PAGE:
An "all you can eat" broadcast mobile TV service for about $20 a month appears to be a viable way to drive a large number of consumers to adopt mobile TV, according to a new white paper from the Mobile Digital TV Alliance.
The white paper, "The Economics of Mobile TV," authored by Yoram Solomon, also identifies five ways to deliver content to viewers on the go, including unicast, multicast, broadcast, over-the-air downloading and offline downloading.
The broadcast mobile TV model, however, seems to be the method offering operators a profitable way to deliver compelling content, which will spur consumer adoption, the paper said.
Currently, mobile television is being offered using the unicast model by cell phone service providers. One the surface, higher spectral efficiency 3G technologies would seem to make room for mobile TV, the paper said. The paper provides a detailed economic analysis of this delivery method with the conclusion that the 128Kb/s, 2-minute program for 99 cents will not be attractive to subscribers and won't drive demand for the services.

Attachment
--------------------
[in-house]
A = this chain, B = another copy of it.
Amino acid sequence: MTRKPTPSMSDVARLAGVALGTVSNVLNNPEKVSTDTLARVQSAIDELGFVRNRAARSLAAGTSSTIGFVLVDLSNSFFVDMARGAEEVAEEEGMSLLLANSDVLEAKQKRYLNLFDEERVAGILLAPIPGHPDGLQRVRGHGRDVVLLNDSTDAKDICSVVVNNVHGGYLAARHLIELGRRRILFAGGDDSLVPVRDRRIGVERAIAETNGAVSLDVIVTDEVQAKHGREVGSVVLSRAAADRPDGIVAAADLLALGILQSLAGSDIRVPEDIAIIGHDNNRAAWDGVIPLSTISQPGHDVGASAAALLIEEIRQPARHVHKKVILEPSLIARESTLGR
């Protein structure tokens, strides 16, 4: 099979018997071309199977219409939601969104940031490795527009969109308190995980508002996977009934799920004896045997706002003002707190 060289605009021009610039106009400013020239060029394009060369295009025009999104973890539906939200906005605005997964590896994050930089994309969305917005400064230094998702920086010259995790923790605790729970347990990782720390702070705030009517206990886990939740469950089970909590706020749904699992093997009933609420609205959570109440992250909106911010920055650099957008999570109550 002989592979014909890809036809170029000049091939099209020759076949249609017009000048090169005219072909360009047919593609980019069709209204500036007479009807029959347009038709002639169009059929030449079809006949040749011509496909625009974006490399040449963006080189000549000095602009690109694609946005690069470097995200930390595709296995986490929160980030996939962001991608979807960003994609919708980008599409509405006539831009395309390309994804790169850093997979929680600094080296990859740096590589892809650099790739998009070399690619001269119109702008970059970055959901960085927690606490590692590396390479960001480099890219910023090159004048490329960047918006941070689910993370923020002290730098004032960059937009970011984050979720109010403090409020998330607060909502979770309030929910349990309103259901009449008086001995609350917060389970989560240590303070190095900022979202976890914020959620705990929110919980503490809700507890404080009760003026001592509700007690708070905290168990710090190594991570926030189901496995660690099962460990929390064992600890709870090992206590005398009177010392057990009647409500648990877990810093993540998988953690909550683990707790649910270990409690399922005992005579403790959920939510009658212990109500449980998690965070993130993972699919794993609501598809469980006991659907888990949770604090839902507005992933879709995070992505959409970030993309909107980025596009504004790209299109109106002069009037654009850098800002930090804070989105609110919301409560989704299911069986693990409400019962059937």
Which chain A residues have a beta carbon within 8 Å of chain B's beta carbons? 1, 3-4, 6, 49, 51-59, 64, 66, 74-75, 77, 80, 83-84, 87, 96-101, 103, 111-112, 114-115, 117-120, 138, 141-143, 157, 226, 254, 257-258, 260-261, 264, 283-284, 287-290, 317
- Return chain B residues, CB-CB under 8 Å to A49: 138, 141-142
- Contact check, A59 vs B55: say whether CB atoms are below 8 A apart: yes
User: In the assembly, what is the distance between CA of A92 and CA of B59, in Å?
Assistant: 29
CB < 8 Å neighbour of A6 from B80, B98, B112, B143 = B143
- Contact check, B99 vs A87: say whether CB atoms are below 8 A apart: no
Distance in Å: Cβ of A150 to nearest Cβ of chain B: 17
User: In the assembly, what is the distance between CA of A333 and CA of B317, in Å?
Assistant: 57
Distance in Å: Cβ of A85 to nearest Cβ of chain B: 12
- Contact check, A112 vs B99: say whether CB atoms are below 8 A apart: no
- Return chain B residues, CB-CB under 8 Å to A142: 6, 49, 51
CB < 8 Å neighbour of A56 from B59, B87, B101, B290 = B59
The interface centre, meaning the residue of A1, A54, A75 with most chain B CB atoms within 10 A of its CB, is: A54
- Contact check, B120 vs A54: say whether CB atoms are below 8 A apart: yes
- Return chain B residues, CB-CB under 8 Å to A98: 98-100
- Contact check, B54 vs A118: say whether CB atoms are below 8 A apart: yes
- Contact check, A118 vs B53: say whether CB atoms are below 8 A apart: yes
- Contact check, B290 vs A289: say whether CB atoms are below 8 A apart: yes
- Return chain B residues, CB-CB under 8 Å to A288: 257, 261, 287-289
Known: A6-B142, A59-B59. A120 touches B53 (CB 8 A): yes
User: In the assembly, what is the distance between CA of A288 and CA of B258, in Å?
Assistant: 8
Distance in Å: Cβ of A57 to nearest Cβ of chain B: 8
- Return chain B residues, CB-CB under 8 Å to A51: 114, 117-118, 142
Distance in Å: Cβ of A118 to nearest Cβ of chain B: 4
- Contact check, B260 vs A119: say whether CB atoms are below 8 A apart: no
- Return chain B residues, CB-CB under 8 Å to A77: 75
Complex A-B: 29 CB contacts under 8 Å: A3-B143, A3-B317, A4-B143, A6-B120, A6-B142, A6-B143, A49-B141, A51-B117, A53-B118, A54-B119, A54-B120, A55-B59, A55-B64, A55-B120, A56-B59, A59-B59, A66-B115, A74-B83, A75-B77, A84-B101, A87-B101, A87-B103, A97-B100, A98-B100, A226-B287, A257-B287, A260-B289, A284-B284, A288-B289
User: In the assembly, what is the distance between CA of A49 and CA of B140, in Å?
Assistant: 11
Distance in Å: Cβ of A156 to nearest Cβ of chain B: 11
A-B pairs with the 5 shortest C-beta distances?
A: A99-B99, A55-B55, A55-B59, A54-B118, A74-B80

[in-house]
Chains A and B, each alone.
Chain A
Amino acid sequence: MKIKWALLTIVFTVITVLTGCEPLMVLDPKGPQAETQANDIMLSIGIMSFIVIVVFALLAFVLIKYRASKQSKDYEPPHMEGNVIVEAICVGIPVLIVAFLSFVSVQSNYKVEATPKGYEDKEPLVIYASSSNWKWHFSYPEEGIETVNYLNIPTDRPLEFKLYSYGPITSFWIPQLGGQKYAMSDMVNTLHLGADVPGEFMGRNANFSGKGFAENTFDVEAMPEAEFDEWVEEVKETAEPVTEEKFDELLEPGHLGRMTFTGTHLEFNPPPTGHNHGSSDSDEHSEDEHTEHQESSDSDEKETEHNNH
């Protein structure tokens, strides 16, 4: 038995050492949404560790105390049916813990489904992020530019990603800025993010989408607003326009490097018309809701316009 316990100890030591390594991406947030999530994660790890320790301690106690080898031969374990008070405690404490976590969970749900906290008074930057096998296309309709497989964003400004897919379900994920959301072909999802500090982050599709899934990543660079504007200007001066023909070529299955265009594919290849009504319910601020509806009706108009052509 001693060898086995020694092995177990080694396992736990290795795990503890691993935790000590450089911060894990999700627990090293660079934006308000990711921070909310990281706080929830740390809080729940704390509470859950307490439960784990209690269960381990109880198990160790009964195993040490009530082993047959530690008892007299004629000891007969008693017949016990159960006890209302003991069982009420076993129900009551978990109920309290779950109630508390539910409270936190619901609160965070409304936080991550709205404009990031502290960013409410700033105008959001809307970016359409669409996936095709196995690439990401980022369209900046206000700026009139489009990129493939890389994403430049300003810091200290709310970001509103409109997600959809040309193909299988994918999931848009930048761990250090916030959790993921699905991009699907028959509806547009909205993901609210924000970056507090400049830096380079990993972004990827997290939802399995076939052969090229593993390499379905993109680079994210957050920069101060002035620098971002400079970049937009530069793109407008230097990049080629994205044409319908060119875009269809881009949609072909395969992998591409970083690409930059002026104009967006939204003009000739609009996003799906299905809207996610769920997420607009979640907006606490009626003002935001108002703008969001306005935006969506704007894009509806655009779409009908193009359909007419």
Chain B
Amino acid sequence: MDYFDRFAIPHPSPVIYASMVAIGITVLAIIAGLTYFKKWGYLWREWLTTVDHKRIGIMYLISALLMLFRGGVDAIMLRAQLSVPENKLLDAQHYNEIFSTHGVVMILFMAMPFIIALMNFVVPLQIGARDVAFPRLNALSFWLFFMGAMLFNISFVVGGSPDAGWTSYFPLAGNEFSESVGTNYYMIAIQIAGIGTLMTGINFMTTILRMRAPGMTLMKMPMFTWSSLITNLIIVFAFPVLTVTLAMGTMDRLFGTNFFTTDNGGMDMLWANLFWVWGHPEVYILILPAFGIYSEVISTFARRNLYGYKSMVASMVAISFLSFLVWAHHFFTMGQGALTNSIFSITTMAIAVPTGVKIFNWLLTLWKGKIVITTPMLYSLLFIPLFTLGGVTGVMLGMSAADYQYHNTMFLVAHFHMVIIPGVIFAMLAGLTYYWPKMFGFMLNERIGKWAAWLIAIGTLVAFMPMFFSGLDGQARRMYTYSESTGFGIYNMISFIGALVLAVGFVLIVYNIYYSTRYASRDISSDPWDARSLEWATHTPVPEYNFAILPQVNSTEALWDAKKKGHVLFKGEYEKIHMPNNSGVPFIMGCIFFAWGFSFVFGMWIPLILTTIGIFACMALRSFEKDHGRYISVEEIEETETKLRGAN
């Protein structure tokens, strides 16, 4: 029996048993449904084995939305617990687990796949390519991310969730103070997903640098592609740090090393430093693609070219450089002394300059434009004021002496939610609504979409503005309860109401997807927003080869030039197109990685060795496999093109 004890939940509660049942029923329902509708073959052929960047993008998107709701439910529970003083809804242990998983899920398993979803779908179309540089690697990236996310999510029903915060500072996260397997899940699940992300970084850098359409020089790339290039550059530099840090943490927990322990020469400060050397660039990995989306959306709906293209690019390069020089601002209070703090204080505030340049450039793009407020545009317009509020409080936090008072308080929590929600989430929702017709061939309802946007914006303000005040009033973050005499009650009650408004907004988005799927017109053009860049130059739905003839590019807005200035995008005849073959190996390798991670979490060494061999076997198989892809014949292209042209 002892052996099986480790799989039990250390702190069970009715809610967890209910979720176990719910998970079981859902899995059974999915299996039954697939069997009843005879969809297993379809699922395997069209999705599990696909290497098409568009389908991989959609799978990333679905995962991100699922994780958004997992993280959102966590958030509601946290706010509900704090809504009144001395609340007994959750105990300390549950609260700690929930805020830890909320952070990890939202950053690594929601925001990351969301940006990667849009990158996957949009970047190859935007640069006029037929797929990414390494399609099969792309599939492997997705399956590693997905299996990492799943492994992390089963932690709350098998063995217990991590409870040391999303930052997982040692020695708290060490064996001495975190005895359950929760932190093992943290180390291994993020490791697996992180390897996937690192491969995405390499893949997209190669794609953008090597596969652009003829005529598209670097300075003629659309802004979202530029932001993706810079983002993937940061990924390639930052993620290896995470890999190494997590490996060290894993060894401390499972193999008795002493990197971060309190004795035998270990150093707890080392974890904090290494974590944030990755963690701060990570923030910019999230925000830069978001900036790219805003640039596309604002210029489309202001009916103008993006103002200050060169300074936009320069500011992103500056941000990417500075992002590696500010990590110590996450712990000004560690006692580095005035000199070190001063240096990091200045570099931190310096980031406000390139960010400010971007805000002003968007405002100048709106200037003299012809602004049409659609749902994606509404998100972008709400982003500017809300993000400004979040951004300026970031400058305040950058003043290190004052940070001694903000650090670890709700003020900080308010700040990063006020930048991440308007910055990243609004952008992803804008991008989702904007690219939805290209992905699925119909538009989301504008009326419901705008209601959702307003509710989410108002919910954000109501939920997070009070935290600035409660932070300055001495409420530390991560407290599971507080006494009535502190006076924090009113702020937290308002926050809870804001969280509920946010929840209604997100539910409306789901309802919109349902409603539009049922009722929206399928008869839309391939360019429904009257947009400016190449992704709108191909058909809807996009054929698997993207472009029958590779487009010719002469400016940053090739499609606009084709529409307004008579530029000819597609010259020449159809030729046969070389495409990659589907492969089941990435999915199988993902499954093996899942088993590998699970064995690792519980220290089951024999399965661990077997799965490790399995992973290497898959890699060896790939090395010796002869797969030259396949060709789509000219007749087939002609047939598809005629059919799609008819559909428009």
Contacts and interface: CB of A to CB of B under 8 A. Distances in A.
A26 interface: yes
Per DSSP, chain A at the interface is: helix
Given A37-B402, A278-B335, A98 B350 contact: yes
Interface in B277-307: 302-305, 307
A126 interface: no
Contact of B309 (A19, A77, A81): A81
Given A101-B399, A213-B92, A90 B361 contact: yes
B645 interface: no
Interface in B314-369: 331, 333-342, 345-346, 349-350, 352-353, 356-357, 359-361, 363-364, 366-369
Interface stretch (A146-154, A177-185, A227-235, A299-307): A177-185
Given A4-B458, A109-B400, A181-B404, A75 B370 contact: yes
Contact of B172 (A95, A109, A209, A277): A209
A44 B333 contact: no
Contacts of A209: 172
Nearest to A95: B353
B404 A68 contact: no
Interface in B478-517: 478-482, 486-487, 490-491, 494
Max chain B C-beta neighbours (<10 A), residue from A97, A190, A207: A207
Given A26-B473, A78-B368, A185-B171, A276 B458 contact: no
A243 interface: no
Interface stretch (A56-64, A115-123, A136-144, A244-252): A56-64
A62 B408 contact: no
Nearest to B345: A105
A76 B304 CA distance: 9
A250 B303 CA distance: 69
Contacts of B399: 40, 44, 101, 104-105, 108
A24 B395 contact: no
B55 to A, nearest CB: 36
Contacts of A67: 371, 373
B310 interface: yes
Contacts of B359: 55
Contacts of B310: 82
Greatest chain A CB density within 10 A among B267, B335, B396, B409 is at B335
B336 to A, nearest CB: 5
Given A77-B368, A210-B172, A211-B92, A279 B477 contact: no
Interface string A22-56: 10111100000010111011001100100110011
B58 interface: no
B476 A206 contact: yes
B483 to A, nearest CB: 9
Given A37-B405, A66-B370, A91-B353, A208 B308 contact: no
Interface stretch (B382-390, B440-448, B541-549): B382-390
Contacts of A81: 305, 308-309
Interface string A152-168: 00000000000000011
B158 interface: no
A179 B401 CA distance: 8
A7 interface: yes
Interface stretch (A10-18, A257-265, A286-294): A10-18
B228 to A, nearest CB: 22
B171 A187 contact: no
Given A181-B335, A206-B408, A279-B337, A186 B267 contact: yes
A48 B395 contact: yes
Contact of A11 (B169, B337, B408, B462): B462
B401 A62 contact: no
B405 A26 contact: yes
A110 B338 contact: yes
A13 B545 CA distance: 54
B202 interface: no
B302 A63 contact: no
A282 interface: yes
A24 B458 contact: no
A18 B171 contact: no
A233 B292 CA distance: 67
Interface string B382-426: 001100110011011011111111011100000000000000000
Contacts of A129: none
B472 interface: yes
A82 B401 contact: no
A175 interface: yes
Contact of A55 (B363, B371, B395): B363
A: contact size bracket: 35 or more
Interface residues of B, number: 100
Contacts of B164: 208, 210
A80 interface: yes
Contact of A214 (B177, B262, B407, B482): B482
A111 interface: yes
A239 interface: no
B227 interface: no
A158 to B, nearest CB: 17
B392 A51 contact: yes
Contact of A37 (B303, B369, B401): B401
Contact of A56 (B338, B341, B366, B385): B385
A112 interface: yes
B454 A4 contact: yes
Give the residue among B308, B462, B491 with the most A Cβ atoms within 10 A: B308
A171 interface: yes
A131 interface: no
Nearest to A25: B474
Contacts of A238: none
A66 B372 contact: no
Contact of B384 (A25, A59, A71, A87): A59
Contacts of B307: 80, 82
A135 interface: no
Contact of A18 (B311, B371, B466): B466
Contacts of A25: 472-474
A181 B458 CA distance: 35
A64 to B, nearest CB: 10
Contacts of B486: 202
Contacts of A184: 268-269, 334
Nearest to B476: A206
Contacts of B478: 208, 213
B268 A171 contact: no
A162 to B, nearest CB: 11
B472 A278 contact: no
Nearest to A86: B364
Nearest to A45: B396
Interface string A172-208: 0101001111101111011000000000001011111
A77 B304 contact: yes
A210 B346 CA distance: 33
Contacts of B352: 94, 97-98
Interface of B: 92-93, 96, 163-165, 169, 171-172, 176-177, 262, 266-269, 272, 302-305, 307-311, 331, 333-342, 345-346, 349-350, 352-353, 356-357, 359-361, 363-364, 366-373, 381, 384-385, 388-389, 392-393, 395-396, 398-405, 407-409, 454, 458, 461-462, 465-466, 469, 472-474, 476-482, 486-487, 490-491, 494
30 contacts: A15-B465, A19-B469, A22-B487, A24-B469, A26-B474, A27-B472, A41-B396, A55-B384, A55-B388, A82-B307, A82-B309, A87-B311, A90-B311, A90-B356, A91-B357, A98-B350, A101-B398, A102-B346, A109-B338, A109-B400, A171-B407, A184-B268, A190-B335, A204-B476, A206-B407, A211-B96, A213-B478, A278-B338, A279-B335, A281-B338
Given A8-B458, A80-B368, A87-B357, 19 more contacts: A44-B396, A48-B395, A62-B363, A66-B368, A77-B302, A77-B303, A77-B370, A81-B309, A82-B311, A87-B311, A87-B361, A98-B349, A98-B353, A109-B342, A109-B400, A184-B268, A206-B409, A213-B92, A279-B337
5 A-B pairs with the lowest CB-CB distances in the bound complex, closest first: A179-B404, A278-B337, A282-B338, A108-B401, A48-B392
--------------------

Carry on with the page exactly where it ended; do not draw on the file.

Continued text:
The broadcast mobile TV model on the other hand may be significantly more appealing to consumers, if the results of the commercial trials in Italy, Finland and the UK are any indication, it said. Those trials showed a willingness on the part of 50 percent of participants to subscribe. In the United States, a 25 percent adoption rate by 200 million U.S. cell phone subscribers at $20 per month could generate $12 billion annually for service providers. The downside of this approach is that it requires a large financial bet on the part of service providers because broadcast mobile TV will require the construction of a new network.
The Mobile Digital TV Alliance exists to promote the adoption of mobile TV technology via DVB-H.
To download the white paper, visit www.mdtvalliance.org/en/resources/download.asp. The paper is free, but registration is required.